During the past few years at the University of Minnesota, we have seen innovation, growth, and advancements on campus in the form of Active Learning Classrooms (ALCs), a new Science Teaching and Student Services building, the SMART learning commons, and newly-designed student study spaces and lounges. OIT's Research and Evaluation team has partnered with faculty and staff from across the U of M to conduct systematic research on these spaces, centered on the question: To what extent do formal and informal learning environments shape teaching and learning?
Pilot research: Student and faculty reactions
Exploratory research into the impact of ALCs began in August 2007. These investigations, which were funded by the Archibald Bush Foundation and conducted in collaboration with the Office of Classroom Management, showed that:
Read more about the pilot research at Transform--SoTL at the University of Minnesota.
Comparison studies: Student learning outcomes and faculty behavior
Later, more formal research combined quantitative and qualitative research designs and data collection methods to study both formal and informal learning spaces. Research on the formal learning environments involved course grade data as well as data collected using a class observation form, a student survey, an instructor interview, and student focus groups. The informal environments research used data gathered by means of student focus groups, student assignment logs, and photo surveys.
This investigation has yielded the following findings:
Read more about this research in Making the Case for Space: Three Years of Empirical Research on Learning Environments (PDF) and in Pedagogy and Space: Empirical Research on New Learning Environments (PDF).
The faculty experience: Role-differentiated responses to ALCs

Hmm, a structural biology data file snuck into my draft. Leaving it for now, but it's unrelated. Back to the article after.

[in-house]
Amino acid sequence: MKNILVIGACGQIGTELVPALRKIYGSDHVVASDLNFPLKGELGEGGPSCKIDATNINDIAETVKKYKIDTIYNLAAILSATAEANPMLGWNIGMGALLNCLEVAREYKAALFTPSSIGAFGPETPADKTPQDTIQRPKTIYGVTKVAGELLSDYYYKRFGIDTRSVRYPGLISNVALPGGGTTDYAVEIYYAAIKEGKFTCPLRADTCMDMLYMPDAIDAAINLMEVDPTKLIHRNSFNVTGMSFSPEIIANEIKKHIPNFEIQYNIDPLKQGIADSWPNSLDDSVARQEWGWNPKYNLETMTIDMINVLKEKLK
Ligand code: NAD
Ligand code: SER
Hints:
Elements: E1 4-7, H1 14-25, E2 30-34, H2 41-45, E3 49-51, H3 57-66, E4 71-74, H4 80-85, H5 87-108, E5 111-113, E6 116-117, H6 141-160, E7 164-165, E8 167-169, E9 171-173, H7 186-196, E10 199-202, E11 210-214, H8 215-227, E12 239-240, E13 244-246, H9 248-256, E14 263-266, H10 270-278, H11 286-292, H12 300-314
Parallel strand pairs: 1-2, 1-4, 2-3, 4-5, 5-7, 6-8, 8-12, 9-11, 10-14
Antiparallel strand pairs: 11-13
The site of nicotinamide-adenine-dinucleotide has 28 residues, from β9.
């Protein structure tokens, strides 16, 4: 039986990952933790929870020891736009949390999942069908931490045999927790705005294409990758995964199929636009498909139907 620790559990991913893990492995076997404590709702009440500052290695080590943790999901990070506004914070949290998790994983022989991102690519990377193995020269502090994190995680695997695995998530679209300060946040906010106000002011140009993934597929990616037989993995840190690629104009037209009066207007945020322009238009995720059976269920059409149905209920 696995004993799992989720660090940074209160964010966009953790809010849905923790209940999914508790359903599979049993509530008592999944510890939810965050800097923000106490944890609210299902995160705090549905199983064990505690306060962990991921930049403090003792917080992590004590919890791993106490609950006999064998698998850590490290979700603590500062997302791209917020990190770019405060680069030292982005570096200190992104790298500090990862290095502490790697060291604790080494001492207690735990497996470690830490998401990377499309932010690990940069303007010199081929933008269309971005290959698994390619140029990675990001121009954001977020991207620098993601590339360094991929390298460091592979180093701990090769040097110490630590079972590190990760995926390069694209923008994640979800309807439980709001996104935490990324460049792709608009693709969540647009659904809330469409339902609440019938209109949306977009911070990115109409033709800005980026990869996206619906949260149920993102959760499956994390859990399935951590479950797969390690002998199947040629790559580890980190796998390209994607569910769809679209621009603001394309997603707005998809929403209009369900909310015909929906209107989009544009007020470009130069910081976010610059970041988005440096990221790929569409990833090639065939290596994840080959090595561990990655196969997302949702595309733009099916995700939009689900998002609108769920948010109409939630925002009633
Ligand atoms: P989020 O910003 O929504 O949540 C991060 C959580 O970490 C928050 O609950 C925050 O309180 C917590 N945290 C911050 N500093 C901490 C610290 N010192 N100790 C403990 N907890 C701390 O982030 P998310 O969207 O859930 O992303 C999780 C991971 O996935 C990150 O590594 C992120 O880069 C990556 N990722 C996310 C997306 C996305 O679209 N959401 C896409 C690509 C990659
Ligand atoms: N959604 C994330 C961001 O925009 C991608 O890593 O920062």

In 2011, staff from OIT, OCM, the Center for Teaching and Learning, the Office of Measurement Services, and the Office of Institutional Research convened a group to study the impact of the new Science Teaching and Student Services (STSS) building and its 15 ALCs on teaching and learning at the University. In spring 2012, the group undertook a study of role-differentiated responses to ALCs, using large-scale surveys of students and faculty in 21 classes, along with systematic class observations and focus groups, to assess reactions to and perceptions of classes taught in the ALCs.
The following are key findings from this investigation:
A total of 8 variables measuring student-centered, collaborative learning activities were observed in 4 selected ALC classes and also asked about on the student and faculty surveys, with the following results:
Research into the impact of ALCs on teaching and learning continues during the 2012-2013 academic year, including
Further, the OIT Research & Evaluation team is currently editing a volume of New Directions for Teaching and Learning (Volume 137, 2014) that will explore the history, current research and best teaching practices in active learning spaces.
For researchers: our learning space data collection instruments are licensed under a licensed under a Creative Commons Attribution-NonCommercial 3.0 Unported License. This means they are available free of charge to members of the academic community who wish to use them, in whole or in part, in their own research. Please simply email J.D. Walker to let us know about your plans, and please give credit in an appropriate place in your work to the Research & Evaluation Team, OIT, University of Minnesota.